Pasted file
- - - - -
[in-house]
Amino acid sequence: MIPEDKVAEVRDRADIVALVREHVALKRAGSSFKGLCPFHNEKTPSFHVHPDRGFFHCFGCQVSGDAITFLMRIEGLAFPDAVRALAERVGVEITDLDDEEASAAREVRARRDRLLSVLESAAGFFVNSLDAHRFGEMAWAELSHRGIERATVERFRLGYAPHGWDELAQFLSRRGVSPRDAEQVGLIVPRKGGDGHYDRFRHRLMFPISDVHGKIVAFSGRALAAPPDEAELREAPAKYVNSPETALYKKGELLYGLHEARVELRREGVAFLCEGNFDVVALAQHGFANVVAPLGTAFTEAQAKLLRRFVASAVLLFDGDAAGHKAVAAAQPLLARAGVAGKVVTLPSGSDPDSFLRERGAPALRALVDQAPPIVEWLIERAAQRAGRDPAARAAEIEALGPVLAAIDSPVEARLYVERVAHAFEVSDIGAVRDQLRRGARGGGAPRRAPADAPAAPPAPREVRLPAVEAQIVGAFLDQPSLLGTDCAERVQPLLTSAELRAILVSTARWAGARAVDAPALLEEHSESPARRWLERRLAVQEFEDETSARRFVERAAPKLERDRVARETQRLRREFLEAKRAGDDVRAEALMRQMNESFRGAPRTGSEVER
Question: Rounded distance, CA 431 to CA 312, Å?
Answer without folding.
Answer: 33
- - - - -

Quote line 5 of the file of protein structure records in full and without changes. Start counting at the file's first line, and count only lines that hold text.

Answer: 33